Saturday, June 21, 2008
Revising the Novel - Theme to Story
What comes first, the theme or the story?
That's a very fundamental question, and I'm sure many of you have your own opinions on this. We can follow this up with a later question, what comes first, character or plot? But for now will stick to one concept. One theme if you will.
In my hands, story came first. I had an idea of a research project, a twist on current science that I wanted to explore. Idea led to plot, plot led to characters, characters led to story, story led to theme. It was only after I'd finished the novel, and gone through a couple of revisions that the main theme of forgiveness became apparent. At first, it was just a story about a pretty ambitious guy driven to do his research. It was only after the story evolved, that my hero kept going back, despite horrible odds, that it began to tick in my brain as to why. Why would someone continue to fight and fight, when the whole world is against him, when his whole life has collapsed? The underlying motivation had to be more than just the satisfaction of finishing the project, or money or fame. It had to be a reason deeply wrapped into the fabric of who he is.
In my story, it was his need for forgiveness, for himself and for his family.
Once I saw that, suddenly the story clicked. And that's the value of theme. Once you know your theme, then the story takes on the light of relevance. Suddenly, you can see scenes that contradict your theme, and they go. New scenes get added that enhance the theme, set it up, draw it out.
For me, the whole book changed. It was no longer a standard medial thriller, good guy fighting against bad guy for his project that meant, oh so much for the world. It was now a story about one man and his quest to move beyond his past, find peace and find meaning in his life.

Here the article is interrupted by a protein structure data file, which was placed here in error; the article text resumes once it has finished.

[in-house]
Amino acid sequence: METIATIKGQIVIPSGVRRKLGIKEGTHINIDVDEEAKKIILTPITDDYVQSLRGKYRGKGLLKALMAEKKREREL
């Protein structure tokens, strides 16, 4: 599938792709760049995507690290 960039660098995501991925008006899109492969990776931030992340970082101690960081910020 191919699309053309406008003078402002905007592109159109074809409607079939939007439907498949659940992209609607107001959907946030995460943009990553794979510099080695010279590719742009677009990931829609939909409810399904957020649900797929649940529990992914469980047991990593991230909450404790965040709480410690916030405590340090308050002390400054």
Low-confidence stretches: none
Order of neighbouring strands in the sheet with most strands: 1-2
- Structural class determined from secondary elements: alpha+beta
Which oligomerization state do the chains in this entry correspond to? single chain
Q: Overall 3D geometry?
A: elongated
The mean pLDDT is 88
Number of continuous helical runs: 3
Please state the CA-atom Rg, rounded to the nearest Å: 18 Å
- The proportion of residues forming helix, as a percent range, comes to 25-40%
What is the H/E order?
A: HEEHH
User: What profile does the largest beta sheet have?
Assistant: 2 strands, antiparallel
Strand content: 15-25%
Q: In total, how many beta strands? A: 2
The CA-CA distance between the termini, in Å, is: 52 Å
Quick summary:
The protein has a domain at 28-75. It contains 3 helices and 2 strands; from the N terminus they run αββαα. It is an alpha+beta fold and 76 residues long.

Now, don't get me wrong. It's a medial thriller. I got blood and guts and bodies and car chases and murder, even poison, but don't you think having all that action surrounding a story that is so deeply personal makes it more interesting?
Stephen King says on theme that if you start with the theme, the book will fail. You must start with story. I suppose he knows. Last I checked he's sold more books than me (So far. Look behind you Stephen, I'm coming up fast) And in my opinion, Stephen King should be placed on the list of the greatest 20-21st century writers. Not because his books sell or are made into movies, but because most of his books move beyond the story, deeply into theme, and this makes them memorable. (not to mention that he's one of the great character writers of all time). We tend to think of King as the writer of Cujo, or Christine or Pet Semetary but let's not forget, he's also the writer of The Shawshank Redemption, Stand by Me, and The Green Mile. This man know's theme.
But even many of his horror books really delve into deeper topics, like The Shining, The Dead Zone, The Stand, even Carrie.
Still, I don't know if I entirely agree with his thought. Certainly, it is the way I wrote my book, story first then theme, but that doesn't mean its the only way. I'd be interested in hearing your thoughts on this, particularly the thoughts of the Plot Whisperer. I believe that if the theme is compelling enough for you, you can write a successful book, even in this day and age. But you must quickly move beyond theme into rich character, plot and story. Theme should be subtle, not omnipresent. A tickling under the skin, not a flesh wound.